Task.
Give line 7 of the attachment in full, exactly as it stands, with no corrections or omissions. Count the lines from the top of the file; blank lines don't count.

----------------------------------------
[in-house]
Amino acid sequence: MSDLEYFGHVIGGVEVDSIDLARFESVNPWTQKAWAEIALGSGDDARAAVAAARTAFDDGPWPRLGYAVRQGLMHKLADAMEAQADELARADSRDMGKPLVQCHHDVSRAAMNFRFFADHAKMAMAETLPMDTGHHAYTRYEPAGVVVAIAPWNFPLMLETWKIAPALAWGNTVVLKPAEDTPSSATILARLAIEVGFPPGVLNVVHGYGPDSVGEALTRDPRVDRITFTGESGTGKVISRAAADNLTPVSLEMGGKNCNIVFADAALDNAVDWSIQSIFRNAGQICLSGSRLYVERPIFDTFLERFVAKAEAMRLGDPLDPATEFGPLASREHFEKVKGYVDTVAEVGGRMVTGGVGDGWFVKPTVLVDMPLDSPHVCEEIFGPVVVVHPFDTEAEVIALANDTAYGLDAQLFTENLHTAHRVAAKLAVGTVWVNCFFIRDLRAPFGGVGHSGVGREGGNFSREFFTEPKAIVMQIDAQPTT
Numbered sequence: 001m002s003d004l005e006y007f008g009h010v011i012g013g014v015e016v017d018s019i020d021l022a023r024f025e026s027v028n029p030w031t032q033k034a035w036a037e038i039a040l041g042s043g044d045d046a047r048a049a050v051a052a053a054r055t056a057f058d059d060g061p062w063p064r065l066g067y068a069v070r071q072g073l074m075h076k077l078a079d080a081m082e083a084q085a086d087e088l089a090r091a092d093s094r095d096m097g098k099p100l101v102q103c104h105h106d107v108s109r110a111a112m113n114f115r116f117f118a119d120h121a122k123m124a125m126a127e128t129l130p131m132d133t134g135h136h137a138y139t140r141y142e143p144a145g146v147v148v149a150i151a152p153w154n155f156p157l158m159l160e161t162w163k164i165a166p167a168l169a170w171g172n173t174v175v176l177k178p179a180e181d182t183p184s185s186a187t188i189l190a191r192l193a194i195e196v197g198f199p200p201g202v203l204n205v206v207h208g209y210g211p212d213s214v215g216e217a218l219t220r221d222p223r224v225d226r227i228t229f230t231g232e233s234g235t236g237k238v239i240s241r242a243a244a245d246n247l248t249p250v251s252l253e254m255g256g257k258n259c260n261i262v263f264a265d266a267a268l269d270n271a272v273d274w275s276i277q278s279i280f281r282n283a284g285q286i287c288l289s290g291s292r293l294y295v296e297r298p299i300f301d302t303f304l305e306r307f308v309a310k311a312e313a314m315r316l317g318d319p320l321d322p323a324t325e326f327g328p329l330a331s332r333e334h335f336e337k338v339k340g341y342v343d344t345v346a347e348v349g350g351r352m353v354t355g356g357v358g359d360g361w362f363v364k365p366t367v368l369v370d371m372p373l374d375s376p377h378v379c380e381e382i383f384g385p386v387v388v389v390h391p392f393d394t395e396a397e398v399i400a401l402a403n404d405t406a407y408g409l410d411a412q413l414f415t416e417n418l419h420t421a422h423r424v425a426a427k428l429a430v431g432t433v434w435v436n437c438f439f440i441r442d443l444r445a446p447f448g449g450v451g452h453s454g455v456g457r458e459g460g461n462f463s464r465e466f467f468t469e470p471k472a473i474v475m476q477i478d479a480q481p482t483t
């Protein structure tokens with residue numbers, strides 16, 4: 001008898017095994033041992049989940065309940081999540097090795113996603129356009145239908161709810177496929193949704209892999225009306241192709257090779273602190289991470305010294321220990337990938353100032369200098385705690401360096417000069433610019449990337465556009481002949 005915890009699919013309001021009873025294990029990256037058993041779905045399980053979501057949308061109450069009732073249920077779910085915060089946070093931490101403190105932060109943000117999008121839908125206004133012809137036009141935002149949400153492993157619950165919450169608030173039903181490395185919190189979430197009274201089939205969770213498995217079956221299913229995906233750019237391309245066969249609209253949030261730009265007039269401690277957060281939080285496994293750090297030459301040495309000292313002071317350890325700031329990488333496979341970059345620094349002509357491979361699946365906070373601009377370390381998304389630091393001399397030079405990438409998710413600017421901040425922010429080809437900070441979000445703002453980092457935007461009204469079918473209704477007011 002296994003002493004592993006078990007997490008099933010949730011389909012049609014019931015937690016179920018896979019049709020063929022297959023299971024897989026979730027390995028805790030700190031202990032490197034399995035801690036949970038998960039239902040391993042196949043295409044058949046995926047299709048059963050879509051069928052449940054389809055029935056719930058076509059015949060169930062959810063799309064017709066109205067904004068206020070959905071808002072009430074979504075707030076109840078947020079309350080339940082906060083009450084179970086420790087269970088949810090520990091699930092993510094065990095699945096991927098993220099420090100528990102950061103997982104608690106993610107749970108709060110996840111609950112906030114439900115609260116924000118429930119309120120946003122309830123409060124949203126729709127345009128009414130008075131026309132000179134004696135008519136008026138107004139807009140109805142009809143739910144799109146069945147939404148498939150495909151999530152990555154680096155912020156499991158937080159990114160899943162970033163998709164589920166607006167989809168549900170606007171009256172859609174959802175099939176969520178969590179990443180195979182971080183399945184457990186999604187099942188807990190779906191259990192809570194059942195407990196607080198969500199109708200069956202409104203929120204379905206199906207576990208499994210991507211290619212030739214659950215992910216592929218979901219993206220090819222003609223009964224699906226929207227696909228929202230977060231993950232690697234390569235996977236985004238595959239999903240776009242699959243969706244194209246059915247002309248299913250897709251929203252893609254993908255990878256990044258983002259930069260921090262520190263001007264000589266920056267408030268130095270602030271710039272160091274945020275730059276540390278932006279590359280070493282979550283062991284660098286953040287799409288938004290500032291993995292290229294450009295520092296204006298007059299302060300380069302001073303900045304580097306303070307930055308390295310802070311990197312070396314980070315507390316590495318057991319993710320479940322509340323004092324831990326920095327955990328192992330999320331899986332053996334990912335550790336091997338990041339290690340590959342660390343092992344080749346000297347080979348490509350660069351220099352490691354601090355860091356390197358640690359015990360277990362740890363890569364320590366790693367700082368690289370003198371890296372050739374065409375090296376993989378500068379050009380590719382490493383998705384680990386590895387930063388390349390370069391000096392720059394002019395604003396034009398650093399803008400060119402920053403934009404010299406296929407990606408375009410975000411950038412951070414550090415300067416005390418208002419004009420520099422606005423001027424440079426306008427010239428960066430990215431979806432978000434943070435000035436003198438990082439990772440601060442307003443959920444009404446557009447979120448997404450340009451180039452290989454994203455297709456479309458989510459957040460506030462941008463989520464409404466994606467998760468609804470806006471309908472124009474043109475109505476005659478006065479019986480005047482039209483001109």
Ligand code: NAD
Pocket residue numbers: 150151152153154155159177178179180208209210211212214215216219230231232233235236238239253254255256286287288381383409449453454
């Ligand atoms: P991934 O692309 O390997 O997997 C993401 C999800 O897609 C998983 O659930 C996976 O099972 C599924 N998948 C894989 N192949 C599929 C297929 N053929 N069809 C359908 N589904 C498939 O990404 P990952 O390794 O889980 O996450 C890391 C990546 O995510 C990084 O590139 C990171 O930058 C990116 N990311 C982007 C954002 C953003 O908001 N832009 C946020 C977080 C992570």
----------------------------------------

């Ligand atoms: P991934 O692309 O390997 O997997 C993401 C999800 O897609 C998983 O659930 C996976 O099972 C599924 N998948 C894989 N192949 C599929 C297929 N053929 N069809 C359908 N589904 C498939 O990404 P990952 O390794 O889980 O996450 C890391 C990546 O995510 C990084 O590139 C990171 O930058 C990116 N990311 C982007 C954002 C953003 O908001 N832009 C946020 C977080 C992570």